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U.S., Cuba To Reopen Embassies In Step Toward Normal Relations


The U.S. and Cuba took one big step closer to normalized ties today. The countries announced they will re-establish diplomatic relations on July 20 and reopen embassies after more than 50 years. Secretary of State John Kerry plans to travel to Cuba later this month to make that official and raise the U.S. flag over an embassy in Havana. NPR's Michele Kelemen reports.

MICHELE KELEMEN, BYLINE: President Obama says the U.S. should not be imprisoned by the past or cling to a policy that wasn't working. He says part of America's leadership in the world is its capacity to change.


BARACK OBAMA: A year ago, it might've seemed impossible that the United States would once again be raising our flag - the stars and stripes - over an embassy in Havana. This is what change looks like.

KELEMEN: While Obama spoke in the Rose Garden, Secretary of State Kerry took a break from nuclear negotiations with Iran in Vienna to tell reporters there that he looks forward to going to Cuba soon to raise that flag.


JOHN KERRY: This will mark the resumption of embassy operations after a period of 54 years. It will also be the first visit by a secretary of state to Cuba since 1945.

KELEMEN: One congressional critic - Florida Republican Ileana Ros-Legtinen - says she thinks this is all about legacy shopping, and she's vowed to withhold funding for an embassy. Sen. Marco Rubio, another Florida Republican, says the White House is making too many concessions to the Castro regime and getting nothing in return. When the deal was reported on Cuban state television, the announcer read out a long list of government demands.


UNIDENTIFIED MAN: (Speaking Spanish).

KELEMEN: "There cannot be normal relations between Cuba and the United States as long as the economic blockade remains in place," the announcer says. Cuba also wants the U.S. to close its naval base at Guantanamo Bay and stop funding radio and television programs on the island. A top State Department official says these are demands that Cubans often make but were not part of negotiations. The talks focused on the nitty-gritty of how to turn the so-called intersections into full-fledged embassies. Currently, U.S. diplomats can't travel outside Havana without getting permission. Now they will only have to notify authorities. President Obama says there will also be more diplomats there.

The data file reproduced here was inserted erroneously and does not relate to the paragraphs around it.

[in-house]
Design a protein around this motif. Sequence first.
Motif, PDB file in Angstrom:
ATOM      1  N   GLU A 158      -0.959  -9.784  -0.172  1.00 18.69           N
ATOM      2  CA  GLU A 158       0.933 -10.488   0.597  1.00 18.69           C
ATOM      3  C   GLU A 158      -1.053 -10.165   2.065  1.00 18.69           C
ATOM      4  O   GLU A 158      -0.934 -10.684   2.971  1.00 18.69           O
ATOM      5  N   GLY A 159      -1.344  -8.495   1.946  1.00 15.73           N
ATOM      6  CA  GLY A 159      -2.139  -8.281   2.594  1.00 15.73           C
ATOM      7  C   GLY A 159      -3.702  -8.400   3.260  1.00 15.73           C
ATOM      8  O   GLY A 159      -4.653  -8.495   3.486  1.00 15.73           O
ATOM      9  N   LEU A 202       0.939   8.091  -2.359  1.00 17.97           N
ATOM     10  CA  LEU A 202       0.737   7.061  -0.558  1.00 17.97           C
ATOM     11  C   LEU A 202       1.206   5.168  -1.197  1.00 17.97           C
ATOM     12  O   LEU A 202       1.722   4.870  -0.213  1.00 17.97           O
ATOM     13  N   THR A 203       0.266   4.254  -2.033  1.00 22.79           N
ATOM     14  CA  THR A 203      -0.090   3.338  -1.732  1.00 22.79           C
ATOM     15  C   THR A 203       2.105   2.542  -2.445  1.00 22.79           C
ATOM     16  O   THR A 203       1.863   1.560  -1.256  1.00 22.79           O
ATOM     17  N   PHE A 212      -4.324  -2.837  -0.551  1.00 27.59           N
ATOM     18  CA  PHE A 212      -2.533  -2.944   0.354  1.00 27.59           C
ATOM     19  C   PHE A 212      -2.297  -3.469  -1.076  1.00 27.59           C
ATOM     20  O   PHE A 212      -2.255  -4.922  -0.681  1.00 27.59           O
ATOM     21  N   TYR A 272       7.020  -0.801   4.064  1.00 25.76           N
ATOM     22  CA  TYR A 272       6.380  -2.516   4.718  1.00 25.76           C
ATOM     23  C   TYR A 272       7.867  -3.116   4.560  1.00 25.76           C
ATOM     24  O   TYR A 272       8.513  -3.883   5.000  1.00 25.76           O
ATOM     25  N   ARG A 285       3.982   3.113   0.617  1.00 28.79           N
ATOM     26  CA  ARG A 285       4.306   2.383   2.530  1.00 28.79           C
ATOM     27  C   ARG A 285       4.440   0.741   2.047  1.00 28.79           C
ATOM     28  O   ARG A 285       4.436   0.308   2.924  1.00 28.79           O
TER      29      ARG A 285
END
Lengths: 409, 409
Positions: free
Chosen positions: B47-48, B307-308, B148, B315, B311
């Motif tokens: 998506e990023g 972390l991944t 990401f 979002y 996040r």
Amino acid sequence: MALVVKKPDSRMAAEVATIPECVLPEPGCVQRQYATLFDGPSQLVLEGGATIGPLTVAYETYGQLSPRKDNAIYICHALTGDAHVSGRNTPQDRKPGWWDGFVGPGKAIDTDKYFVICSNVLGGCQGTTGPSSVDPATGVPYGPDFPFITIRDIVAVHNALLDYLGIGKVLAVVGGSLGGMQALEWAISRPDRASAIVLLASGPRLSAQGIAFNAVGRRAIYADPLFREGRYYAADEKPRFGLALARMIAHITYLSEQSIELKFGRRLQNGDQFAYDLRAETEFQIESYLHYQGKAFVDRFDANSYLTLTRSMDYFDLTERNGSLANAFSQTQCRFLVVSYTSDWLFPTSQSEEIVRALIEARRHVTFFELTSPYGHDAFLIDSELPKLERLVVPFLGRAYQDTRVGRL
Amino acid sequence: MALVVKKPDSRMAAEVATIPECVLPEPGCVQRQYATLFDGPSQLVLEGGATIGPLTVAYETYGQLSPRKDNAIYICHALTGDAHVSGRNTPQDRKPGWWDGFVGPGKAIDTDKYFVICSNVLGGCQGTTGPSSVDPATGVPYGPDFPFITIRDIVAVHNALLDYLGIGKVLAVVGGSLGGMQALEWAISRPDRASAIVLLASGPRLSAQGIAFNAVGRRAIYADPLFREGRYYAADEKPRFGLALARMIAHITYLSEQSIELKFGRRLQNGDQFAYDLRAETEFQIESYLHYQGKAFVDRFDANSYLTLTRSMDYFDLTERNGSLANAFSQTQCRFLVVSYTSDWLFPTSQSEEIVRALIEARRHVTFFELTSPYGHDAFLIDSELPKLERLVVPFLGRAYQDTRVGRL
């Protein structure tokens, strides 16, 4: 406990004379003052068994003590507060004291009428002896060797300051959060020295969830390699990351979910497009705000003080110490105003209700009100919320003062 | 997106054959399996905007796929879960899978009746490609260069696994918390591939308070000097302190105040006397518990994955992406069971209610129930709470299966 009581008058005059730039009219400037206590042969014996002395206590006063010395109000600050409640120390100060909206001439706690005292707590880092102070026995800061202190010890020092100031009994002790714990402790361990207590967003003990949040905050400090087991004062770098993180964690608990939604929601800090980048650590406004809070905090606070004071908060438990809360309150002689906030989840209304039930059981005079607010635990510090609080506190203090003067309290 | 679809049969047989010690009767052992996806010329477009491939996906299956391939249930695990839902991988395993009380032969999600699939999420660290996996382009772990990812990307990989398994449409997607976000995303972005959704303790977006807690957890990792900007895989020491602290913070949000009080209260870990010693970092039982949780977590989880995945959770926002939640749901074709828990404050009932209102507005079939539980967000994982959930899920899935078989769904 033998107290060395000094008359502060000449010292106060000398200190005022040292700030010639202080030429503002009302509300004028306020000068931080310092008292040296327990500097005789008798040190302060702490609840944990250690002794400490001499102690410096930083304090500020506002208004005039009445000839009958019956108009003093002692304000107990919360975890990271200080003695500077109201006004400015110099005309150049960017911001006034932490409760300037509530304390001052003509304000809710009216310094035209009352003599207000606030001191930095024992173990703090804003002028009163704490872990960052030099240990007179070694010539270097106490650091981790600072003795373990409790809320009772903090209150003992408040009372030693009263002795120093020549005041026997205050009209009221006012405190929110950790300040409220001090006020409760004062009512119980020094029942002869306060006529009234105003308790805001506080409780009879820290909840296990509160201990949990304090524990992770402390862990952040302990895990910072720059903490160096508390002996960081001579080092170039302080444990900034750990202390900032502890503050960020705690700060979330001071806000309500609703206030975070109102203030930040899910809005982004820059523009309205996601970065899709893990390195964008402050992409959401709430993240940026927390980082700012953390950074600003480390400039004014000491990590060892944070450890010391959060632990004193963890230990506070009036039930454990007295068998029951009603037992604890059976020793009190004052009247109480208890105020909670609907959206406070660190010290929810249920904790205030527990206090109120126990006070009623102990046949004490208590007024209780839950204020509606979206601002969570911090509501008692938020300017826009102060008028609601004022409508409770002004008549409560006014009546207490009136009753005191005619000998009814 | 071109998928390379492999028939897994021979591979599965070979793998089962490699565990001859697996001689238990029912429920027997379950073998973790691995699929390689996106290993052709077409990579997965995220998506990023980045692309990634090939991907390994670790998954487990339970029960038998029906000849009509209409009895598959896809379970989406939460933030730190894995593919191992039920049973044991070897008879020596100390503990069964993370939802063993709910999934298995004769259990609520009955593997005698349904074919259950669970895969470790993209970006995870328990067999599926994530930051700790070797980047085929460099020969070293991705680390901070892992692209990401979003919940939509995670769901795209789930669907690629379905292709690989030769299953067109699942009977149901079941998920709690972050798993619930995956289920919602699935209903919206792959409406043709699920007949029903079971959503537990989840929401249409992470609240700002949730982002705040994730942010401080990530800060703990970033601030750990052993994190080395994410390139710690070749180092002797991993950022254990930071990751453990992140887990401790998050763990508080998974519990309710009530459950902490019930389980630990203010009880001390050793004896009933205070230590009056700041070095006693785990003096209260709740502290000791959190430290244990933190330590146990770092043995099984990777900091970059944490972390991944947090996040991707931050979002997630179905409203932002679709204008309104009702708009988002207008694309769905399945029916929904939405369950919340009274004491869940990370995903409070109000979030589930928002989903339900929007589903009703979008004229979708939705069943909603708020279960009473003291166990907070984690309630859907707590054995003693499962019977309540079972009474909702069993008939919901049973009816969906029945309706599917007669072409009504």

OBAMA: This is not merely symbolic. With this change, we will be able to substantially increase our contacts with the Cuban people. We'll have more personnel at our embassy, and our diplomats will have the ability to engage more broadly across the island.

KELEMEN: He says it's time to move forward, and he's urging Congress to do the same and formally end the U.S. embargo on Cuba. Sen. Amy Klobuchar, a Democrat from Minnesota, has co-sponsored a bill to do just that.

AMY KLOBUCHAR: This is gaining more momentum than I thought possible at the beginning. A lot of this is because people around America are genuinely excited about going to Cuba and doing business with Cuba.

KELEMEN: Minnesota already does $20 million in agricultural sales to Cuba, she says, adding businesses are eager to do more. But she cautions it will take time to get over political barriers in Congress. Michele Kelemen, NPR News, Washington. Transcript provided by NPR, Copyright NPR.

Michele Kelemen has been with NPR for two decades, starting as NPR's Moscow bureau chief and now covering the State Department and Washington's diplomatic corps. Her reports can be heard on all NPR News programs, including Morning Edition and All Things Considered.
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